In the morning, when the gaoler brought Percy his breakfast of hominy, or maize-meal porridge, he endeavoured to enter into conversation with him. 'It's a pity you was copped so smart, sir! There's no stirring a inch for them constables! They're getting as sharp as dingoes.'

Percy did not reply. He was thinking of his boyhood's home, and contrasting his bright prospects, when he entered college, with his present forlorn condition. 'I will beg of Mr. Shelley to write and tell them I am dead!' he thought, gloomily. 'Better that they should think me so, and forget me, as they would do after the first emotion of grief had subsided, than that they should learn the truth.'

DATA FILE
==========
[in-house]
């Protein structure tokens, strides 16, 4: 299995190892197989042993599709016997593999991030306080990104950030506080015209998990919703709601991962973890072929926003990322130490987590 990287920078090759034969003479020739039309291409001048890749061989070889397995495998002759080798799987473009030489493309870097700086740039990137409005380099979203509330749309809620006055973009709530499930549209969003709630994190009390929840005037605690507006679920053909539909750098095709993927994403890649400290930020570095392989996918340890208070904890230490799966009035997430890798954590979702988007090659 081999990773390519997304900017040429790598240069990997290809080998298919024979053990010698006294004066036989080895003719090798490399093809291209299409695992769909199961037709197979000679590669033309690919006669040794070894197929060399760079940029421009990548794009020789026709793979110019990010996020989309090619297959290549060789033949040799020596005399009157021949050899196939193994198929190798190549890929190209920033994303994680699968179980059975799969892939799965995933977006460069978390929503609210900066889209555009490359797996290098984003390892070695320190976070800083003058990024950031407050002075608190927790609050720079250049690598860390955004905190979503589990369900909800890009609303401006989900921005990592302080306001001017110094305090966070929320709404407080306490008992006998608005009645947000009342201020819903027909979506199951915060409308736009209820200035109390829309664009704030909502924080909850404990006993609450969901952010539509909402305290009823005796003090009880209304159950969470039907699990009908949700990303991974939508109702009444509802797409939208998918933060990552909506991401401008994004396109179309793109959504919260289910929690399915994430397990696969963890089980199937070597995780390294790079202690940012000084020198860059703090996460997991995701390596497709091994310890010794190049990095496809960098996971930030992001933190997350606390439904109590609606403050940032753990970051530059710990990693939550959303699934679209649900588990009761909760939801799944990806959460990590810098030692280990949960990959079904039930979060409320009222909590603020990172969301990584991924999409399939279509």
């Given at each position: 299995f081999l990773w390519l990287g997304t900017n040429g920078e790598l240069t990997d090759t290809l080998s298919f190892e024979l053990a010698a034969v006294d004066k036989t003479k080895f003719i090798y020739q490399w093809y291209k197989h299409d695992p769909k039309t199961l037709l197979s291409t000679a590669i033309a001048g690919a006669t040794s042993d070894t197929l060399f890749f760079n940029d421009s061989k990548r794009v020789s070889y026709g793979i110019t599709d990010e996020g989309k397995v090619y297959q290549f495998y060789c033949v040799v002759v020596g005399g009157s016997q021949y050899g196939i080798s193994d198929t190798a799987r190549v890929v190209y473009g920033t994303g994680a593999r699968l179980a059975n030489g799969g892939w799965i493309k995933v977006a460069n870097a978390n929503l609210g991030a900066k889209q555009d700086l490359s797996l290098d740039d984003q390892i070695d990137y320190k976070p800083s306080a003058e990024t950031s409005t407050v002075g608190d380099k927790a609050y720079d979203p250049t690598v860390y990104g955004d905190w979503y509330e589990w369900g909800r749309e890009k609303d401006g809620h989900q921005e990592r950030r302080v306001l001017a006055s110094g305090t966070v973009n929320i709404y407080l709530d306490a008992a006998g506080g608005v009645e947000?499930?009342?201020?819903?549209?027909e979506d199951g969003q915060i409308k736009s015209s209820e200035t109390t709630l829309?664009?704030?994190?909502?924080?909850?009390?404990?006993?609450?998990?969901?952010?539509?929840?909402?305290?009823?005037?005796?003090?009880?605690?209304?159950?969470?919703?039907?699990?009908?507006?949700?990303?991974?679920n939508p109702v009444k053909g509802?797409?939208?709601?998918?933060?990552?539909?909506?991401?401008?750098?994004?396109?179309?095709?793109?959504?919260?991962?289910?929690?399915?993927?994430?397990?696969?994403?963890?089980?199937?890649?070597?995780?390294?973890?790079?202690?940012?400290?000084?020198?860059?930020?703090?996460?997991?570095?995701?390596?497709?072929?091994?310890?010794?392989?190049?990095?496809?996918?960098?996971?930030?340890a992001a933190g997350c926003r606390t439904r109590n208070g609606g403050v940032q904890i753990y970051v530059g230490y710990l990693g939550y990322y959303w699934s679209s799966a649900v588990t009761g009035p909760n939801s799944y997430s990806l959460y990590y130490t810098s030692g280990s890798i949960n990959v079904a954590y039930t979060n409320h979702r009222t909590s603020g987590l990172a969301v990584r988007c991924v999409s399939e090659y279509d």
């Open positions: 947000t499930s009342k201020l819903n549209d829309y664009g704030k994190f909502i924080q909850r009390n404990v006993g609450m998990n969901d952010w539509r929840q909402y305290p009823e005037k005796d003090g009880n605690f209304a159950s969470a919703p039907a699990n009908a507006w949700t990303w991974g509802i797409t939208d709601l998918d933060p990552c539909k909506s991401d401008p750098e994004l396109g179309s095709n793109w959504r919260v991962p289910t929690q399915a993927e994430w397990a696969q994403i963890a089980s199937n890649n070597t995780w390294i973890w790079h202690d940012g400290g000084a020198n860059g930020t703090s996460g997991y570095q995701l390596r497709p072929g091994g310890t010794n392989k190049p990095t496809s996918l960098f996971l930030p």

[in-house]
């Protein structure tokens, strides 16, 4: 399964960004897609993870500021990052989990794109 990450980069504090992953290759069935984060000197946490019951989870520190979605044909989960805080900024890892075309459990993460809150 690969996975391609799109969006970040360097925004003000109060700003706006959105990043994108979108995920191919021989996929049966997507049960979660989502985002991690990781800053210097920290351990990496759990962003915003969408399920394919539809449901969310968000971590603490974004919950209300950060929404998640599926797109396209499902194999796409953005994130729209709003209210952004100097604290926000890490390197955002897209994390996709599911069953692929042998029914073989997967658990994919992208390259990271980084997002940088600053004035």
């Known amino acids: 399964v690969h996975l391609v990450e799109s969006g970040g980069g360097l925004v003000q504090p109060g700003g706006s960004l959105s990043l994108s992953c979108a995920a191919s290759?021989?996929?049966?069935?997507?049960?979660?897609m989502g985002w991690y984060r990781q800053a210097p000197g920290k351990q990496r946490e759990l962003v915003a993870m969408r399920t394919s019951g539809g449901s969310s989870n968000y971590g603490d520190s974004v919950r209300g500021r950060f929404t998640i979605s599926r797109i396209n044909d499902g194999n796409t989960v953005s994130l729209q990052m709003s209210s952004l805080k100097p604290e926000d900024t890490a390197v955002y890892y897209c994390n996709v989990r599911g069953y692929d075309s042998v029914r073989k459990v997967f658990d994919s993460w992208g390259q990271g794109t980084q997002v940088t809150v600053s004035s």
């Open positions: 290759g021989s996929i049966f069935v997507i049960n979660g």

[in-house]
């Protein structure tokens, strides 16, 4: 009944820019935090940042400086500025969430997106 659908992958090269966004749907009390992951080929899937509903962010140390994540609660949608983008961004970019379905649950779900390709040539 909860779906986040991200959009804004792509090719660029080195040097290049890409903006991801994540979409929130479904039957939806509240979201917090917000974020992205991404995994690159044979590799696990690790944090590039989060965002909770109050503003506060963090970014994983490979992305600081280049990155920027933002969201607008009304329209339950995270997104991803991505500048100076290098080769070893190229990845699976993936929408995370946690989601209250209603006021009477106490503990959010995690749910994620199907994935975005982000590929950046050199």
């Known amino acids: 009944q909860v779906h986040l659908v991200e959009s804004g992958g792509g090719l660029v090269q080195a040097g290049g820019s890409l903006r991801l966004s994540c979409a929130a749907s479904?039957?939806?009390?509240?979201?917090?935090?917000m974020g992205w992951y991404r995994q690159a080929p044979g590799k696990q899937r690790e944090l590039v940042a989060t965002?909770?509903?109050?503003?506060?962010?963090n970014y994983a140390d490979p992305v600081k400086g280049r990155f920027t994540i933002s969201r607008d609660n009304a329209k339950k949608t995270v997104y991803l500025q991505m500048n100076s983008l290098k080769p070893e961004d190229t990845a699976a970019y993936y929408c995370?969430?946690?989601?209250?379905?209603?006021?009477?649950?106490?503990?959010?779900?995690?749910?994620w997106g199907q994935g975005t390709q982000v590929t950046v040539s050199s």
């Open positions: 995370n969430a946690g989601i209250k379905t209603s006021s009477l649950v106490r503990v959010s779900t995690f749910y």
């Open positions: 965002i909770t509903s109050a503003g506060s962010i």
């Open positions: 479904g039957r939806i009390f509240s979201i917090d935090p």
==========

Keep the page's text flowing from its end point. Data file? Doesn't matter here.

'Here's your breakfast, sir!' said the gaoler, respectfully, as he set down the meal. 'If you're offended like at my being so bold as to speak, I begs your pardon, sir!' he continued, taking Percy's absence of mind for silent reproof. 'I wouldn't have spoke, sir, only I knowed you never forged that cheque; and if you hadn't have been sent out for it, you wouldn't have got into this fix. It's them as sweared your liberty away, as is exponsible.' Percy, however, did not look up; his thoughts were too deeply bent upon the consideration of his misery, to hear or heed anything the jailor might say. Afraid that he had offended the prisoner by what he felt to be his impertinence, the jailor left the cell. 'Poor young gentleman,' he soliloquised as he passed through the yard, 'I've never knowed a minute's peace since I swore agin him at York. Our being copped so quick in breaking into Arkright's house was just a judgment on us, and nothing else. I knowed when they brought him in 'Guilty,' we'd never have no luck after, nor more we didn't! And yet here's that sneaking villain Clayton here, as bold as a turkey. Some people can do anything, and be lucky all the same, and others, if they on'y do one thing wrong, they're done for for ever. I can't understand how it is; but it is. One man mustn't look crooked; and another may break all the commandments the chaplain talks about. Well, anyway, I'm glad the villain didn't see me. If ever I meet him alone, I'll stick a knife in him!'